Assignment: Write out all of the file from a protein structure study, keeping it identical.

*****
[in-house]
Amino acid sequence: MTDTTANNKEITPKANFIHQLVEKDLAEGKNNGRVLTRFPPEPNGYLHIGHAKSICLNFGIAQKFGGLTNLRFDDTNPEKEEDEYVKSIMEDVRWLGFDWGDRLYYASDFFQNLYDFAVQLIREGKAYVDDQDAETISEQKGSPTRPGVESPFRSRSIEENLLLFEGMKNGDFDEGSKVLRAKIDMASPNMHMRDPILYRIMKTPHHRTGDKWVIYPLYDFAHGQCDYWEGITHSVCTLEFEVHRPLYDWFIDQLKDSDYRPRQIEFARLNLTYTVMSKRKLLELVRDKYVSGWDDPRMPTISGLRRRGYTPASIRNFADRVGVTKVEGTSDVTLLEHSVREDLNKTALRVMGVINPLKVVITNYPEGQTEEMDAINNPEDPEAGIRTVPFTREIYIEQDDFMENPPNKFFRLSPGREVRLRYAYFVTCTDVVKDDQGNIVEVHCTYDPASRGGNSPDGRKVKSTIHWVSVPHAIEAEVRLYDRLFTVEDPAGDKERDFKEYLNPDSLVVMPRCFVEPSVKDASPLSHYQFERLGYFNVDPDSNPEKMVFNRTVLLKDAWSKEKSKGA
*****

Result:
[in-house]
Amino acid sequence: MTDTTANNKEITPKANFIHQLVEKDLAEGKNNGRVLTRFPPEPNGYLHIGHAKSICLNFGIAQKFGGLTNLRFDDTNPEKEEDEYVKSIMEDVRWLGFDWGDRLYYASDFFQNLYDFAVQLIREGKAYVDDQDAETISEQKGSPTRPGVESPFRSRSIEENLLLFEGMKNGDFDEGSKVLRAKIDMASPNMHMRDPILYRIMKTPHHRTGDKWVIYPLYDFAHGQCDYWEGITHSVCTLEFEVHRPLYDWFIDQLKDSDYRPRQIEFARLNLTYTVMSKRKLLELVRDKYVSGWDDPRMPTISGLRRRGYTPASIRNFADRVGVTKVEGTSDVTLLEHSVREDLNKTALRVMGVINPLKVVITNYPEGQTEEMDAINNPEDPEAGIRTVPFTREIYIEQDDFMENPPNKFFRLSPGREVRLRYAYFVTCTDVVKDDQGNIVEVHCTYDPASRGGNSPDGRKVKSTIHWVSVPHAIEAEVRLYDRLFTVEDPAGDKERDFKEYLNPDSLVVMPRCFVEPSVKDASPLSHYQFERLGYFNVDPDSNPEKMVFNRTVLLKDAWSKEKSKGA